General Surgery

LINX Device

The LINX system has been designed to prevent gastro-oesophageal reflux disease.

Frequently Asked Questions

The LINX System is a small flexible band of interlinked titanium beads with magnetic cores. The magnetic attraction between the beads is intended to help the lower oesophageal sphincter prevent reflux from the stomach into the oesophagus.

The LINX device is straight forward to insert with minimal anatomical disruption. The efficacy is equivalent to standard anti-reflux surgery with a lower risk of post-operative abdominal bloating and inability to vomit. The device is also likely to have better longevity than standard surgery.

Initial rates of dysphagia (difficulty swallowing) are higher, but usually subside over 6-8 weeks. You will not be able to have an MRI scan over 3 Tesla as this may disrupt the band. There is a small risk of device erosion. Initial data suggests a removal rate of about 6%.

Surgery should be very successful provided it is performed for the correct indications. Patients should not require any more acid suppression medications and can expect immediate resolution of their symptoms.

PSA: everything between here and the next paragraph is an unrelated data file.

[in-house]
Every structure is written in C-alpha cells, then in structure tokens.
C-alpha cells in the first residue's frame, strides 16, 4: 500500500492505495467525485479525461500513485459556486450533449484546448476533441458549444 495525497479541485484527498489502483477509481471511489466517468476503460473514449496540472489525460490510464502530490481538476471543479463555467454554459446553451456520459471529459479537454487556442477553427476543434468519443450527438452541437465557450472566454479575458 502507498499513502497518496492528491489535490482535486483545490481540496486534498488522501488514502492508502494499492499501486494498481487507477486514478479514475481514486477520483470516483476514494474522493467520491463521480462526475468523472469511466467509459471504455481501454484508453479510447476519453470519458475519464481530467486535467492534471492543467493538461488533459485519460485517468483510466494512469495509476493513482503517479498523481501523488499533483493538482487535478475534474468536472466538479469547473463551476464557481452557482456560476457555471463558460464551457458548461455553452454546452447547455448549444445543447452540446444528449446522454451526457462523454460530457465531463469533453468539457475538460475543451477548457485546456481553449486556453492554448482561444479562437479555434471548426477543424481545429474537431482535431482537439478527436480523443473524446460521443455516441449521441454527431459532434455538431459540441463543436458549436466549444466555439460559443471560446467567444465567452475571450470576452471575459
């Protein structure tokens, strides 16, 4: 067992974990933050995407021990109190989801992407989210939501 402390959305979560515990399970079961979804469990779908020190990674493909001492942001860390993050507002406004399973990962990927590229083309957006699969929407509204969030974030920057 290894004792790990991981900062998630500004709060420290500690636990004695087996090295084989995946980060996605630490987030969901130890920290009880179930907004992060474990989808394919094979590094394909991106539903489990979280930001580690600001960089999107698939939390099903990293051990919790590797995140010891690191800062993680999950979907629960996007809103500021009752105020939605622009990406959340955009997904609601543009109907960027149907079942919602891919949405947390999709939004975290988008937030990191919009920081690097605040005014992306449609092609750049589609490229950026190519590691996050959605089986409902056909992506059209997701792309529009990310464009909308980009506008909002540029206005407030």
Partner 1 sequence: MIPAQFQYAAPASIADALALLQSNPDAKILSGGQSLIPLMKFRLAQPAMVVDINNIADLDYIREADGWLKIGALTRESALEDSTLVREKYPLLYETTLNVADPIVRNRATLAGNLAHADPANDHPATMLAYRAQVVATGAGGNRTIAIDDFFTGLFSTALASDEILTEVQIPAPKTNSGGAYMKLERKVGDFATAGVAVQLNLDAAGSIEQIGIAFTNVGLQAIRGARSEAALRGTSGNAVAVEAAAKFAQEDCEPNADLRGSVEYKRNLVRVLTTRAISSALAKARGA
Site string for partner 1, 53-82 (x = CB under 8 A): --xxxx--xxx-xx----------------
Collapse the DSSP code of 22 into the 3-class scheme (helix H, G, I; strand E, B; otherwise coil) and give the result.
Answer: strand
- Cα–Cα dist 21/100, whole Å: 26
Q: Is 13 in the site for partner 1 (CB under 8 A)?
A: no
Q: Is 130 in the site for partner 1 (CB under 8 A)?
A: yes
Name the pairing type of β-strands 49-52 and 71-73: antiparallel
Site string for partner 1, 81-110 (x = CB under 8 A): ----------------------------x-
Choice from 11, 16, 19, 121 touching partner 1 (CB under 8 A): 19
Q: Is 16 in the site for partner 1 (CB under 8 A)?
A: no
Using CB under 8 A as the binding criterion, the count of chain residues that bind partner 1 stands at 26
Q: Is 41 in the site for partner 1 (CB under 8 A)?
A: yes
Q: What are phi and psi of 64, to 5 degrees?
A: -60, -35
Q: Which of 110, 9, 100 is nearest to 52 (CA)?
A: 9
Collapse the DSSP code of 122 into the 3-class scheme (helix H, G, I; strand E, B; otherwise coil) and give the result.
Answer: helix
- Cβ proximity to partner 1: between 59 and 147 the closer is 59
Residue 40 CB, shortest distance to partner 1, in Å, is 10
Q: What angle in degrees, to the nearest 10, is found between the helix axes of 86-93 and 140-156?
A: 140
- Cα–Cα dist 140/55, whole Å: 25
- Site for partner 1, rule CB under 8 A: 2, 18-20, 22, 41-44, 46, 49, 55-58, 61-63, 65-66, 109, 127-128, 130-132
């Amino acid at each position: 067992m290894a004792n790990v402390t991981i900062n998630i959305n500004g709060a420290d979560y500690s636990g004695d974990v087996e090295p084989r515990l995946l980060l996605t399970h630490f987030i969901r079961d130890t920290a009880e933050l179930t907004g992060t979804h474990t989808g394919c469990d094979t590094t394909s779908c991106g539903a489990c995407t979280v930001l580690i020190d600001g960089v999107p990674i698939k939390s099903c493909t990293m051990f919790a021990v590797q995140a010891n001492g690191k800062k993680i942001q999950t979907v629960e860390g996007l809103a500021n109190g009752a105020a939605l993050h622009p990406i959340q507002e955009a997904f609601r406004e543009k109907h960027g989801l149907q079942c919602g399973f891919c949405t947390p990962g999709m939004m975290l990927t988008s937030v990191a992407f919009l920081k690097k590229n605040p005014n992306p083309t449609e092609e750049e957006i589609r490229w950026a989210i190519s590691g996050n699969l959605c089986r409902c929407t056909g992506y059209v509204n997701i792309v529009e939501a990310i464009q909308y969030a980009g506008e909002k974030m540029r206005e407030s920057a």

Small cuts are made in the abdominal wall to allow passage of keyhole instruments. The barrier between the oesophagus and stomach is then recreated using the LINX device. A hiatal repair will also be performed.

The ‘LINX’ procedure is a day case. You will receive a post-operative diet instruction sheet. You will not be discharged until you are comfortable and eating and drinking.

You will be discharged from hospital with a supply of simple painkillers with instructions on how to use them. Regular paracetamol is particularly effective. Most patients do not require painkillers after 3 days.

Generally, it is recommended to take two weeks off after surgery. Your ability to return to work will depend on your job and varies between individuals. Patients can often return to work a week after surgery if required. We would not recommend flying immediately after surgery. This should be discussed on a case-by-case basis with the consultant.

Driving should be avoided in the first week after surgery. Once you can perform an emergency stop in a stationary vehicle and turn to view your blind spot then driving should be safe. It is preferable to contact your insurance company to check for any specific instructions they may have.

The hospital ward provides a 24/7 means of contact and will give you a contact number on discharge. They will contact the consultant about any concerns and are able to give advice if required. During working hours, the secretary will answer any queries.

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